I haven't heard as much, but if someone told me that this French-Canadian comedy STARBUCK was in line to be remade in English by a Hollywood studio, I wouldn't be the least bit surprised. Considering the original version is nothing to crow about, I wouldn't be that enthusiastic. (OK, I just looked it up, and sure enough, the US remake—with the same director—is coming out in October with Vince Vaughn in the title role. Ugh.) What's really the problem here is a misdirected focus. In this story about David Wosniak (Patrick Huard), a man in his early 40s who is a slacker and screw up in his job as a meat delivery man for his family's butcher shop. One day he comes home to find a lawyer in his apartment, representing nearly 150 20-somethings, all of who have one thing in common—they are all the children of David.
David was a crazed sperm donor when he was younger ("Starbuck" was the name he donated under), and the clinic accidentally used only his samples for fertility treatments, resulting in 533 children, 142 of whom are attempting to sue the clinic to give up Starbuck's real name so they can meet him. At first, David says no, but he's left with a stack of profiles of each of the 142 and he gets curious about they turned out to be. He even decides to visit some of them, or at least observe them without giving himself away. One is a professional soccer player, another is a drug addict, another is a struggling actor, another is bi-sexual man who meets with many partners a day. In other words, they turned out to be a nice cross section of the world, and for some of them, David becomes something of a guardian angel.
Naturally, this gives David a chance to not only present himself as a more mature and stable partner to his own on-again/off-again recently pregnant girlfriend (Julie LeBreton), but it gives him a chance to improve his life and become more responsible. Of course, the situation lends itself to some humor, a few touching sequences involving the grown kids who simply wanted to meet Starbuck, and even a courtroom drama where a judge decides whether to force the clinic to give up the man's name.
STARBUCK's biggest flaw is that the idea of David inserting himself into some of his children's lives is a great one. Unfortunately, the film veers away from that idea for too many long stretches and instead gives us a cliché-driven story about a guy that screws up all the time and is plagued by loan sharks, and has a barely qualified lawyer friend representing him in the case. The film has literally dozens of opportunities to tell us interesting stories, and it gets hung up on David's far less interesting previous life. I never cared about the relationship he has with his own family, because we know where that's going from frame one. It's the story of this vast, extended new family that is so much more intriguing, and while we get that in bits and pieces, there could have been so much more.
I hope Vaughn and writer-director Ken Scott try out some new angles with their remake (called THE DELIVERY MAN), but I suspect if anything is altered it will be to make Vaughn more of screwup to get the big, broad laughs. The audience I saw STARBUCK with seemed to love it, and it certainly has large handfuls of crowd-pleasing moments, but the potential for something more substantial is left right there on the screen.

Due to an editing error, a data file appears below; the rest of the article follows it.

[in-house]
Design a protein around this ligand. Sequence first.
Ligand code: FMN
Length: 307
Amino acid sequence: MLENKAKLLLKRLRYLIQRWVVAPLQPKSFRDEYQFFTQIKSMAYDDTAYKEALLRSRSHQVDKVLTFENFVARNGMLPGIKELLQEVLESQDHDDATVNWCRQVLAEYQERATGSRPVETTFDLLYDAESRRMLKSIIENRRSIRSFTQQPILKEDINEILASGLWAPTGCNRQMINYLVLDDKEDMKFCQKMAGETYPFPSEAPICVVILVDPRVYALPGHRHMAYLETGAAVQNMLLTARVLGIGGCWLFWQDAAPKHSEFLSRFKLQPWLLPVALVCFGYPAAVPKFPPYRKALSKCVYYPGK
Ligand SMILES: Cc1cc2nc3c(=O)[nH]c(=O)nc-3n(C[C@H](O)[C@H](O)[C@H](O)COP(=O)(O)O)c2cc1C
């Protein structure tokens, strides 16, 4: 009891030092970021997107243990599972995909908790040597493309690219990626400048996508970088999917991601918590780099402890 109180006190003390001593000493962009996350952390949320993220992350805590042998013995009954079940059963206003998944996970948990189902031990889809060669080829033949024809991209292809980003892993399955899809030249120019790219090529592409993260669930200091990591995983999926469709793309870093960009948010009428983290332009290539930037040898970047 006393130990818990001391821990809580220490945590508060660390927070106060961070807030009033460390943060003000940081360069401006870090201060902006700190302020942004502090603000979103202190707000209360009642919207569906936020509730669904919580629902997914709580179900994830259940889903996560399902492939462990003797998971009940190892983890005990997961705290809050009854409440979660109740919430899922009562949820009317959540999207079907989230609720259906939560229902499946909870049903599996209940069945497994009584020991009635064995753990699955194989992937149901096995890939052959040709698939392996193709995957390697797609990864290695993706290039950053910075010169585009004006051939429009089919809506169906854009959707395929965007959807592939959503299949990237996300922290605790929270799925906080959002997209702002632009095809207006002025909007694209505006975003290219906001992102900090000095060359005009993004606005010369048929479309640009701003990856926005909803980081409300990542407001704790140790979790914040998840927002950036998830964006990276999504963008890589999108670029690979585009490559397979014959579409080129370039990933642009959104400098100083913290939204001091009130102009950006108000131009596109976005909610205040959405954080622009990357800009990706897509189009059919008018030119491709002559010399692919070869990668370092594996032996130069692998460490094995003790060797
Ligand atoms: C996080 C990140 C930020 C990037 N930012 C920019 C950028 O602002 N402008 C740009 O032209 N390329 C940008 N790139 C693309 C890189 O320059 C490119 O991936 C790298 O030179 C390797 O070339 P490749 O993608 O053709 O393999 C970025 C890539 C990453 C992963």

GIMME THE LOOT
Winning multiple awards on 2012's festival circuit (deservedly so), GIMME THE LOOT, the first-time feature from writer-director Adam Leon does something that few films of any size ever get right. It takes its time getting to know to extraordinary characters (the type to rarely be given any screen time in any movie) by simply letting them talk to each other for extended stretches, thus making us care about what happens to them in the process. Their personal dramas become ours, and their small victories seem much larger to us because we feel invested in the outcome. Imagine that.
Malcolm (Ty Hickson) and Sofia (Tahinana Washington) are two teens living in the Bronx who have aspirations of being accomplished graffiti writers (if not artists). Their master plan becomes to tag the Big Apple sign that is exposed anytime a Mets player hits a home run at Shea Stadium. They even have an in, apparently, when they find a security guard at the stadium who says if they pay him $500, he'll sneak them in. Sounds easy, but the bribe amount might as well be $5 million for these kids. Through some wheeling and dealing, petty crimes and not so petty ones, the pair spend a whirlwind two days trying to scrape together the cash, all the while giving us a tour of their neighborhood in all of its gritty glory.
Malcolm agrees to help an acquaintance sell drugs to a rich white girl (Zoë Lescaze), who he not only thinks he might be able to sleep with, but her expensive necklace might hold the key to making their graffiti dreams come true. But GIMME THE LOOT is much more than the tale of two criminally inclined urban youth; it's also something of a love story. There's a protective, bordering on flirtatious way that Malcolm and Sofia interact that combines the fine art of trash talking while still encouraging the other to be something more than they are. When Malcolm has eyes for another girl, Sofia doesn't exactly hide her jealousy. But she saves face by almost daring Malcolm to make his move, probably because she knows he'll fail. I could spend days listening to these two smart, good kids playfully put each other down.
GIMME THE LOOT is a film that uses modest means to achieve its lofty ambitions. Leon uses the neighborhood and its people to flesh out his characters and let us know that what we might consider a dangerous situation might just be another day at the office for these kids. His no-frills, realistic approach reminds me of the earlier works of Ramin Bahrani (MAN PUSH CART, CHOP SHOP), and the resulting impact sneaks up on you and delivers an unexpected power.
As relatively new actors, Hickson and Washington do a remarkable job making their characters both aggressively street smart but completely likable. Against my better judgement and despite my firm belief in the criminal justice system, I was rooting for them to tag that damn apple, and I think you will too. But this film isn't about the graffiti artist community (I think we only see these kids tag anything maybe two or three times), it's about people who also happen to excel in this particular art form. And most importantly, when GIMME THE LOOT ended, I desperately wanted to know where these kids will be in five or ten years. I think the same about director Leon, and can't wait to see what he comes up with next.
-- Steve Prokopy